“As sure as the sun rises in the east…” You may have heard this phrase before in reference to something that is exceedingly consistent. The metaphor calls to mind an image that every inhabitant of Earth sees and understands: the sun.
But this phrase is a bit misleading, because the sun is not as much of a stalwart of constancy as people think. The star of our solar system is actually subject to a great deal of variability; not in terms of its ability to rise and set, but regarding its power and output. In fact, some sun-watchers have been noticing a substantial lack of solar activity in recent years, prompting questions about our weather patterns in the near future.
Today’s Solar Lull
A few scientists are concerned about what they are calling a solar lull. They’ve observed that the level of activity they see on the sun – such as sunspots, flares, and coronal mass ejections of large clouds of charged particles – is the lowest it has been in some three decades.
But what makes this fact even more baffling is that these scientists had previously predicted that the sun should be at what they refer to as its solar maximum; or the point in an 11-year cycle when the star should be at its peak of activity. In fact, one expert says that the current solar lull is the deepest in a century, and that an ice-core analysis suggests that the Earth has not seen this rate of solar activity decline in ten thousand years!
It should be noted that this low solar activity is not unprecedented. Historians point to a similar timeframe in the mid-17th century they call the Maunder Minimum, during which no sunspots or flares were perceived. This period was also marked by unusually cold weathers across Europe (during which England’s Thames River froze over to the point where people walked on it).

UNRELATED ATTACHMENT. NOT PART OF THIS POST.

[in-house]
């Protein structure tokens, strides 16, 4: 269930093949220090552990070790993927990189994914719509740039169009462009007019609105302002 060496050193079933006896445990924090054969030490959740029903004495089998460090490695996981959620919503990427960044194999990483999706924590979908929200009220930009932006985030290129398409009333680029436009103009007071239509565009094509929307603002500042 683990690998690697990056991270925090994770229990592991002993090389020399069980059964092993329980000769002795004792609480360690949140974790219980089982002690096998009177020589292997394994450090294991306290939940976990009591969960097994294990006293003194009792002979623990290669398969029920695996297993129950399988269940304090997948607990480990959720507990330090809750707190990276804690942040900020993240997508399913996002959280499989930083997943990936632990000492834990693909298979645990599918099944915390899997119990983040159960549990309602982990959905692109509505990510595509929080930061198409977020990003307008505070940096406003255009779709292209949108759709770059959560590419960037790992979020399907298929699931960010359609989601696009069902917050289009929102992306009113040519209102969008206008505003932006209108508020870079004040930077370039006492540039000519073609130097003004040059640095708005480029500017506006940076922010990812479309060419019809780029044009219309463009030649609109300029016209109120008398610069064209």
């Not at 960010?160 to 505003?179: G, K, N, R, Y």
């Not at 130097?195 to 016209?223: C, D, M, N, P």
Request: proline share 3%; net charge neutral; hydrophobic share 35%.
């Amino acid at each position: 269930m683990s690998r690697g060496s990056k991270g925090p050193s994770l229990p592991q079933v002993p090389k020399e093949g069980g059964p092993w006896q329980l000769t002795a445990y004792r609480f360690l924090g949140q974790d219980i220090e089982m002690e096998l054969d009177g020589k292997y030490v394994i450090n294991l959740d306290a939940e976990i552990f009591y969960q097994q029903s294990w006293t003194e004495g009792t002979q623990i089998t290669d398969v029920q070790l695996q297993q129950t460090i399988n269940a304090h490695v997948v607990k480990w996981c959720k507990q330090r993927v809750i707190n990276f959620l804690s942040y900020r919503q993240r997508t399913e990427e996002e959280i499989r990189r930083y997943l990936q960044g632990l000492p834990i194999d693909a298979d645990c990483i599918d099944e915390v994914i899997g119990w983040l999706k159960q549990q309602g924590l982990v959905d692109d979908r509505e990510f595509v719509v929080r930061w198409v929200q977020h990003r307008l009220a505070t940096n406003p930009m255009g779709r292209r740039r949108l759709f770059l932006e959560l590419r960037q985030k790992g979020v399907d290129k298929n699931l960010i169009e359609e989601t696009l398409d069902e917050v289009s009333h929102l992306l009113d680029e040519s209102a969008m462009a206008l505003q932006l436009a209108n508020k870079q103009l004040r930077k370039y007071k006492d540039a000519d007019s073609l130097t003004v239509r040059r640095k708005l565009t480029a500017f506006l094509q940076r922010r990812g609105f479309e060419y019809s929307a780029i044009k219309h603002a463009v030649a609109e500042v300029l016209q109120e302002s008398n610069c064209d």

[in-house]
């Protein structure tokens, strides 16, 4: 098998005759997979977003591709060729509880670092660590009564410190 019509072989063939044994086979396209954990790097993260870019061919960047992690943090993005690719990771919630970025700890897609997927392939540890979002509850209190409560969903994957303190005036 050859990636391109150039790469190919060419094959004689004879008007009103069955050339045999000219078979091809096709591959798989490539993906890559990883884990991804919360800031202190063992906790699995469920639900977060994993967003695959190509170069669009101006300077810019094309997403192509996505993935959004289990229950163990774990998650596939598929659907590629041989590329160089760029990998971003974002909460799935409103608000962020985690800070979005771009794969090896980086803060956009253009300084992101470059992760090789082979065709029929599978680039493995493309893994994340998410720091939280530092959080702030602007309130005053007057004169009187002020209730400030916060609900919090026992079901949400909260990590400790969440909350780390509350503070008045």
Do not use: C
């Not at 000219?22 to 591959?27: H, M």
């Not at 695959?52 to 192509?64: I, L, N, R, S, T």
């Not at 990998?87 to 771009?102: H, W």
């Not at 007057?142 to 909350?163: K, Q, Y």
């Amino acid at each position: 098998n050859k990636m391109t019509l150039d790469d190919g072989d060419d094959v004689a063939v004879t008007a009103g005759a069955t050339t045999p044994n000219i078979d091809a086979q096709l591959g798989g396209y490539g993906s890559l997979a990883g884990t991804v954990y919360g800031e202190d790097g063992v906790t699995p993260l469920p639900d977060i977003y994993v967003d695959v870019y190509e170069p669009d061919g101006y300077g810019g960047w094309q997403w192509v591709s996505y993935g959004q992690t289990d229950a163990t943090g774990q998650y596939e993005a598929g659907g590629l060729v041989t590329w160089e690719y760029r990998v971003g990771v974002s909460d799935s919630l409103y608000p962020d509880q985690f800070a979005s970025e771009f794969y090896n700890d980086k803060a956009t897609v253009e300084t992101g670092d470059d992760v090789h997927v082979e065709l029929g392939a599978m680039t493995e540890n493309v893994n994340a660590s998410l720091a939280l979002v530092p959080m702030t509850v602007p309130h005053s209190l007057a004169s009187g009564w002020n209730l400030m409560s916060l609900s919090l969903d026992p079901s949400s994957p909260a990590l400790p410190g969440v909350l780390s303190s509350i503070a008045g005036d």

What’s Going To Happen?
There’s no consensus on the ramifications of these recent observations. But based on climate events from centuries past, some believe that the short-term effects of this solar lull may mean colder winters across much of the planet. Scientists don’t raise the possibility of unsurvivable conditions, but instead opine that winters over the coming years may be more like the current season rather than what we see as “normal.” In fact, one scientist in Britain estimates that is a nearly 20% chance that over the next four decades, solar conditions will resemble what was seen during the Maunder Minimum.
Should You Be Worried?
So what can the average homeowner take from this information?
Drastic, sudden changes probably aren’t warranted. But if you are considering taking steps to further “winterize” your home, this may be one more reason to start budgeting for these projects. Small fixes like replacing windows and improving insulation are always a good idea. But you may also want to make plans to upgrade your furnace, or to install a generator for use during winter power outages. And of course, gutter protection like Gutter Helmet and Helmet Heat can protect your home from moisture-related damage caused by ice dams and clogged gutters.
A solar lull shouldn’t spawn emergency measures in preparation for Armageddon-like conditions. But because of the present solar lull, you also shouldn’t assume that bitter cold winters are a thing of the past.
Written by Del Thebaud